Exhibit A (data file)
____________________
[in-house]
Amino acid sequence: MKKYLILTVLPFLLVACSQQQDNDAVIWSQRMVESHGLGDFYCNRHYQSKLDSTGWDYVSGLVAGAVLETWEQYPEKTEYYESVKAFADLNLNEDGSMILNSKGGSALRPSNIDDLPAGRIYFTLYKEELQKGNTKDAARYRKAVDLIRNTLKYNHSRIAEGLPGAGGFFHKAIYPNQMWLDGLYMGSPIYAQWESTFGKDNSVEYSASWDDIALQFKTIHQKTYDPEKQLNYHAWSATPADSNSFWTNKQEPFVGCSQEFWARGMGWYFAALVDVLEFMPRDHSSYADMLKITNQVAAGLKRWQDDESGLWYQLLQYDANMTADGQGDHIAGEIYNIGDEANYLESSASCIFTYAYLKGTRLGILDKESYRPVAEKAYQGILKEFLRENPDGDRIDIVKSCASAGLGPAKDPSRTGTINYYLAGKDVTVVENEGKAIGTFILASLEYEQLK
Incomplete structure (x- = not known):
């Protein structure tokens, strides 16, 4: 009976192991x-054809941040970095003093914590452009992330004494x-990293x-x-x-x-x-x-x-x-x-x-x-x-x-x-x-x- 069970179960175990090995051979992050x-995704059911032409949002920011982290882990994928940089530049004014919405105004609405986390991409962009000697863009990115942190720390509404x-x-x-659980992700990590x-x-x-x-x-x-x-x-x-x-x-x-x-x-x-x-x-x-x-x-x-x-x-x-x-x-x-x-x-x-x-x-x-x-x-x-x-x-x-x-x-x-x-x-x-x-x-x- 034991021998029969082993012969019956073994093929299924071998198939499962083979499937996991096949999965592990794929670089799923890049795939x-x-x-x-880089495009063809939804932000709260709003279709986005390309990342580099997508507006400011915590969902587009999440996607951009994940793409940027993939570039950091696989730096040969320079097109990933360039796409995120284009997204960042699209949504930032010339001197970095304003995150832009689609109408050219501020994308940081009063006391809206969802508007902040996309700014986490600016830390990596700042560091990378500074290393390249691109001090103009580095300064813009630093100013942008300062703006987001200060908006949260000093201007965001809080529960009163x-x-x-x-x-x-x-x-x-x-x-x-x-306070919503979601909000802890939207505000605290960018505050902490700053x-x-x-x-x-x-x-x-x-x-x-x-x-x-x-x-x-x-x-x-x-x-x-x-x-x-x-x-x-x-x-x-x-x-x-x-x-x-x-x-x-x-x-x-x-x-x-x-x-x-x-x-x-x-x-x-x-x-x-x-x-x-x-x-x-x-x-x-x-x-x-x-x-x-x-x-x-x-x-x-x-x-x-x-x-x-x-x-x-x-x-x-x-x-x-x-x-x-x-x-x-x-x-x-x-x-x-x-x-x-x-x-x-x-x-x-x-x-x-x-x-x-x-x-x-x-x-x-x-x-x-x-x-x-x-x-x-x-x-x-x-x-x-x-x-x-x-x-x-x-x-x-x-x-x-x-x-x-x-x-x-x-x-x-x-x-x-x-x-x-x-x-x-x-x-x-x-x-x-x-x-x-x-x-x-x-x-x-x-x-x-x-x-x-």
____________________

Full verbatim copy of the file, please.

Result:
[in-house]
Amino acid sequence: MKKYLILTVLPFLLVACSQQQDNDAVIWSQRMVESHGLGDFYCNRHYQSKLDSTGWDYVSGLVAGAVLETWEQYPEKTEYYESVKAFADLNLNEDGSMILNSKGGSALRPSNIDDLPAGRIYFTLYKEELQKGNTKDAARYRKAVDLIRNTLKYNHSRIAEGLPGAGGFFHKAIYPNQMWLDGLYMGSPIYAQWESTFGKDNSVEYSASWDDIALQFKTIHQKTYDPEKQLNYHAWSATPADSNSFWTNKQEPFVGCSQEFWARGMGWYFAALVDVLEFMPRDHSSYADMLKITNQVAAGLKRWQDDESGLWYQLLQYDANMTADGQGDHIAGEIYNIGDEANYLESSASCIFTYAYLKGTRLGILDKESYRPVAEKAYQGILKEFLRENPDGDRIDIVKSCASAGLGPAKDPSRTGTINYYLAGKDVTVVENEGKAIGTFILASLEYEQLK
Incomplete structure (x- = not known):
């Protein structure tokens, strides 16, 4: 009976192991x-054809941040970095003093914590452009992330004494x-990293x-x-x-x-x-x-x-x-x-x-x-x-x-x-x-x- 069970179960175990090995051979992050x-995704059911032409949002920011982290882990994928940089530049004014919405105004609405986390991409962009000697863009990115942190720390509404x-x-x-659980992700990590x-x-x-x-x-x-x-x-x-x-x-x-x-x-x-x-x-x-x-x-x-x-x-x-x-x-x-x-x-x-x-x-x-x-x-x-x-x-x-x-x-x-x-x-x-x-x-x- 034991021998029969082993012969019956073994093929299924071998198939499962083979499937996991096949999965592990794929670089799923890049795939x-x-x-x-880089495009063809939804932000709260709003279709986005390309990342580099997508507006400011915590969902587009999440996607951009994940793409940027993939570039950091696989730096040969320079097109990933360039796409995120284009997204960042699209949504930032010339001197970095304003995150832009689609109408050219501020994308940081009063006391809206969802508007902040996309700014986490600016830390990596700042560091990378500074290393390249691109001090103009580095300064813009630093100013942008300062703006987001200060908006949260000093201007965001809080529960009163x-x-x-x-x-x-x-x-x-x-x-x-x-306070919503979601909000802890939207505000605290960018505050902490700053x-x-x-x-x-x-x-x-x-x-x-x-x-x-x-x-x-x-x-x-x-x-x-x-x-x-x-x-x-x-x-x-x-x-x-x-x-x-x-x-x-x-x-x-x-x-x-x-x-x-x-x-x-x-x-x-x-x-x-x-x-x-x-x-x-x-x-x-x-x-x-x-x-x-x-x-x-x-x-x-x-x-x-x-x-x-x-x-x-x-x-x-x-x-x-x-x-x-x-x-x-x-x-x-x-x-x-x-x-x-x-x-x-x-x-x-x-x-x-x-x-x-x-x-x-x-x-x-x-x-x-x-x-x-x-x-x-x-x-x-x-x-x-x-x-x-x-x-x-x-x-x-x-x-x-x-x-x-x-x-x-x-x-x-x-x-x-x-x-x-x-x-x-x-x-x-x-x-x-x-x-x-x-x-x-x-x-x-x-x-x-x-x-x-």